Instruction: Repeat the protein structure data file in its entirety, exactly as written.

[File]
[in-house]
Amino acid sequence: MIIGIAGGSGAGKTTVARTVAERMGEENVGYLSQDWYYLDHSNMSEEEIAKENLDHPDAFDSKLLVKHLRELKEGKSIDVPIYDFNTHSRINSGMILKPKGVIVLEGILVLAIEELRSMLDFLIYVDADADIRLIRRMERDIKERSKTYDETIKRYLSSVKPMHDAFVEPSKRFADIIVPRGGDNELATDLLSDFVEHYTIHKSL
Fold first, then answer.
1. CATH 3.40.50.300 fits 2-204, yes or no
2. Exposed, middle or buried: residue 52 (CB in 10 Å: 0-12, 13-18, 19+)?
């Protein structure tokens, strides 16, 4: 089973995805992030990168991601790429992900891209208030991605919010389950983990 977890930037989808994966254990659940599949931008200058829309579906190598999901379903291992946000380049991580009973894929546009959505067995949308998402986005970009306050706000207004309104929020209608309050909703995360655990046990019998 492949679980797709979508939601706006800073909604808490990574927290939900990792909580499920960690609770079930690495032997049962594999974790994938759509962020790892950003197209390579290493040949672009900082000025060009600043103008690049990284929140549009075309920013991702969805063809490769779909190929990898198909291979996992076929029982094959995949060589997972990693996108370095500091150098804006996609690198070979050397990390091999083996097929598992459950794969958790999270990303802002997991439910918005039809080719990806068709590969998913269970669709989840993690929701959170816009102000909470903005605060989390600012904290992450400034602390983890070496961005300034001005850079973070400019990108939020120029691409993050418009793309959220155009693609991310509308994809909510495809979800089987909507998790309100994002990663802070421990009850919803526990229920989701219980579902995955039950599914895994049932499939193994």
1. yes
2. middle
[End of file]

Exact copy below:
[in-house]
Amino acid sequence: MIIGIAGGSGAGKTTVARTVAERMGEENVGYLSQDWYYLDHSNMSEEEIAKENLDHPDAFDSKLLVKHLRELKEGKSIDVPIYDFNTHSRINSGMILKPKGVIVLEGILVLAIEELRSMLDFLIYVDADADIRLIRRMERDIKERSKTYDETIKRYLSSVKPMHDAFVEPSKRFADIIVPRGGDNELATDLLSDFVEHYTIHKSL
Fold first, then answer.
1. CATH 3.40.50.300 fits 2-204, yes or no
2. Exposed, middle or buried: residue 52 (CB in 10 Å: 0-12, 13-18, 19+)?
């Protein structure tokens, strides 16, 4: 089973995805992030990168991601790429992900891209208030991605919010389950983990 977890930037989808994966254990659940599949931008200058829309579906190598999901379903291992946000380049991580009973894929546009959505067995949308998402986005970009306050706000207004309104929020209608309050909703995360655990046990019998 492949679980797709979508939601706006800073909604808490990574927290939900990792909580499920960690609770079930690495032997049962594999974790994938759509962020790892950003197209390579290493040949672009900082000025060009600043103008690049990284929140549009075309920013991702969805063809490769779909190929990898198909291979996992076929029982094959995949060589997972990693996108370095500091150098804006996609690198070979050397990390091999083996097929598992459950794969958790999270990303802002997991439910918005039809080719990806068709590969998913269970669709989840993690929701959170816009102000909470903005605060989390600012904290992450400034602390983890070496961005300034001005850079973070400019990108939020120029691409993050418009793309959220155009693609991310509308994809909510495809979800089987909507998790309100994002990663802070421990009850919803526990229920989701219980579902995955039950599914895994049932499939193994």
1. yes
2. middle